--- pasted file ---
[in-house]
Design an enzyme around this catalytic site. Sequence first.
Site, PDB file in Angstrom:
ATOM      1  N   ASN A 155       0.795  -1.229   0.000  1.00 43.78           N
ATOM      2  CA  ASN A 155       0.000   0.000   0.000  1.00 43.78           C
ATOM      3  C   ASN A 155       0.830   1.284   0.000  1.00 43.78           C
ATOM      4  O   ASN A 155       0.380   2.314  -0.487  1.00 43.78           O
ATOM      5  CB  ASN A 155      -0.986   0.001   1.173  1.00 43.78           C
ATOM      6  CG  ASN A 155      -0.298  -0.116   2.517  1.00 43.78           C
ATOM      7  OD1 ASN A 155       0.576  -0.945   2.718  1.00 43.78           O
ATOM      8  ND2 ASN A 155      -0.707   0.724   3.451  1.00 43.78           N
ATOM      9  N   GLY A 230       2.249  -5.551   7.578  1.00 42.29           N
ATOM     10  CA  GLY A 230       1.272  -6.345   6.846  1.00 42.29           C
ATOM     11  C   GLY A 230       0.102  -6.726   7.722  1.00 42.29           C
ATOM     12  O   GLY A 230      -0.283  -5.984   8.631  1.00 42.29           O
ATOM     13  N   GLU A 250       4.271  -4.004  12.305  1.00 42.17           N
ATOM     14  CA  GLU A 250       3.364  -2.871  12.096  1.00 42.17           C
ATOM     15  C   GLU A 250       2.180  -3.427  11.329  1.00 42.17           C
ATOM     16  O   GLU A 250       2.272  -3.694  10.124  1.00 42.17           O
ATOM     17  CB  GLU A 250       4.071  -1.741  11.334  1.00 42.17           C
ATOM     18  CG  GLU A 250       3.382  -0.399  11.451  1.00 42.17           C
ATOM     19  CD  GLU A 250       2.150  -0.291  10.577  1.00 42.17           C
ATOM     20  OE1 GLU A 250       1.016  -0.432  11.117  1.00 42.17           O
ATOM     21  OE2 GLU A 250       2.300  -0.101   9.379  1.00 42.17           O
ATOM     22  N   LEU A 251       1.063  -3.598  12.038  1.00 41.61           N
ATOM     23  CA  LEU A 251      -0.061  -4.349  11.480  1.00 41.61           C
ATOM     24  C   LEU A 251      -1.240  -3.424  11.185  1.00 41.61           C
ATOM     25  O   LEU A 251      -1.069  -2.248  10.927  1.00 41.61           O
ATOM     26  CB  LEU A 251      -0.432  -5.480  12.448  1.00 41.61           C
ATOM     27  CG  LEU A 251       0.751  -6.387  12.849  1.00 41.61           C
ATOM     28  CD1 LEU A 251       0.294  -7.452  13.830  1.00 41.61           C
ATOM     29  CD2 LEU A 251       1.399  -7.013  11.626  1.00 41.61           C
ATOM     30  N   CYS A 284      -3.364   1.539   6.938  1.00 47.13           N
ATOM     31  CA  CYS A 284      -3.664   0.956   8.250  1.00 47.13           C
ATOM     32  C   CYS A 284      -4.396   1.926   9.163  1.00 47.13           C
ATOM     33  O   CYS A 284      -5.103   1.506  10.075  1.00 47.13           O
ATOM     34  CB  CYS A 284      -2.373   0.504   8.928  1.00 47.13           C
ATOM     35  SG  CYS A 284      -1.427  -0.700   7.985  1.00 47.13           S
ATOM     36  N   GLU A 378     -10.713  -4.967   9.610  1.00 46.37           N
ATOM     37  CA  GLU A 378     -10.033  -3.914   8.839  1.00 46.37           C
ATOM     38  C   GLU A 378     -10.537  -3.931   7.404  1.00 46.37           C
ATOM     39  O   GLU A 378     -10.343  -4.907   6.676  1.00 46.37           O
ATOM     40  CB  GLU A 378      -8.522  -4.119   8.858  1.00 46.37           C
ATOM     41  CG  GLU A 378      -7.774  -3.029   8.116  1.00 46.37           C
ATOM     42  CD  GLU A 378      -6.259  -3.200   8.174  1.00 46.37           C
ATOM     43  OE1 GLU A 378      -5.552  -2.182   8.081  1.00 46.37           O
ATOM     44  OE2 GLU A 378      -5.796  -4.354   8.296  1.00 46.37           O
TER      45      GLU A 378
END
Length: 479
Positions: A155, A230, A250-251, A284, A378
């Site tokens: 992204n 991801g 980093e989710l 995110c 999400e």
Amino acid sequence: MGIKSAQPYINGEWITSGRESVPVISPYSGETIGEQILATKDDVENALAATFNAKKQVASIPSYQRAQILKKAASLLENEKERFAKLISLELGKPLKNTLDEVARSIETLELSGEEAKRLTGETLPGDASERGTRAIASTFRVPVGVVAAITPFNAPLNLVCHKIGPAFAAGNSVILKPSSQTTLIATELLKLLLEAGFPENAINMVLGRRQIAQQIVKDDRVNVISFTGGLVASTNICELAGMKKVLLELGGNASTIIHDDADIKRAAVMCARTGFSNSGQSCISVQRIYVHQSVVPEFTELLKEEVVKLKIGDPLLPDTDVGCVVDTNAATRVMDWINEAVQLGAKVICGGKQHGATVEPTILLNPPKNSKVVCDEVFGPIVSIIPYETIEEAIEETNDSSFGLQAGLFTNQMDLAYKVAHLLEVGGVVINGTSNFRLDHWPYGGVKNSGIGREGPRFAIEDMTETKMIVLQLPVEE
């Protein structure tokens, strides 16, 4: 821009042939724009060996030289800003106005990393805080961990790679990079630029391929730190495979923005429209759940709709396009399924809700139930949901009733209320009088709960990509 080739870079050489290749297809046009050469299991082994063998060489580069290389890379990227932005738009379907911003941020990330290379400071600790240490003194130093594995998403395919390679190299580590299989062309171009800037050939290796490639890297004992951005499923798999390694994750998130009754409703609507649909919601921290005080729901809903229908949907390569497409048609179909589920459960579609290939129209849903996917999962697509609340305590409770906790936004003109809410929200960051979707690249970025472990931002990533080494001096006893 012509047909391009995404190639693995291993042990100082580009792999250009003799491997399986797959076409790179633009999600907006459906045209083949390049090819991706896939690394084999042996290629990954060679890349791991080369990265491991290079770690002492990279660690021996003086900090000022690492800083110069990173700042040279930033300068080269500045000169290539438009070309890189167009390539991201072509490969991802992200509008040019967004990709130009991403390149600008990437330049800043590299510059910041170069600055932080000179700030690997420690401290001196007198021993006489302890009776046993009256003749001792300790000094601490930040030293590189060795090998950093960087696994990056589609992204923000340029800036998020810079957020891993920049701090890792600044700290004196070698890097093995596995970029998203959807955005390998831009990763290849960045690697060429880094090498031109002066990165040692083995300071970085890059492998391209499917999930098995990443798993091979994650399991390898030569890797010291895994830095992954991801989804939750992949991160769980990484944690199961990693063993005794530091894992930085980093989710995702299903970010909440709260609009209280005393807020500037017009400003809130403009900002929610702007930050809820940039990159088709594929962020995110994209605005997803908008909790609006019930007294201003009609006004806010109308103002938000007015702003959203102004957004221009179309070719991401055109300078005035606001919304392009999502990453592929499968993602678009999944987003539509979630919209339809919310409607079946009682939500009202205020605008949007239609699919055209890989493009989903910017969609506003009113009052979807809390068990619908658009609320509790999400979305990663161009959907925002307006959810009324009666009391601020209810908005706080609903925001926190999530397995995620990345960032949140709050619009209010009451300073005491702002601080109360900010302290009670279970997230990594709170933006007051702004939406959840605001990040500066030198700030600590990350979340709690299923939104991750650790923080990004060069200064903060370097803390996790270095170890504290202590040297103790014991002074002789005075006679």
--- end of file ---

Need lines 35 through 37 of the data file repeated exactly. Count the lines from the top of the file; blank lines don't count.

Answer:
ATOM     32  C   CYS A 284      -4.396   1.926   9.163  1.00 47.13           C
ATOM     33  O   CYS A 284      -5.103   1.506  10.075  1.00 47.13           O
ATOM     34  CB  CYS A 284      -2.373   0.504   8.928  1.00 47.13           C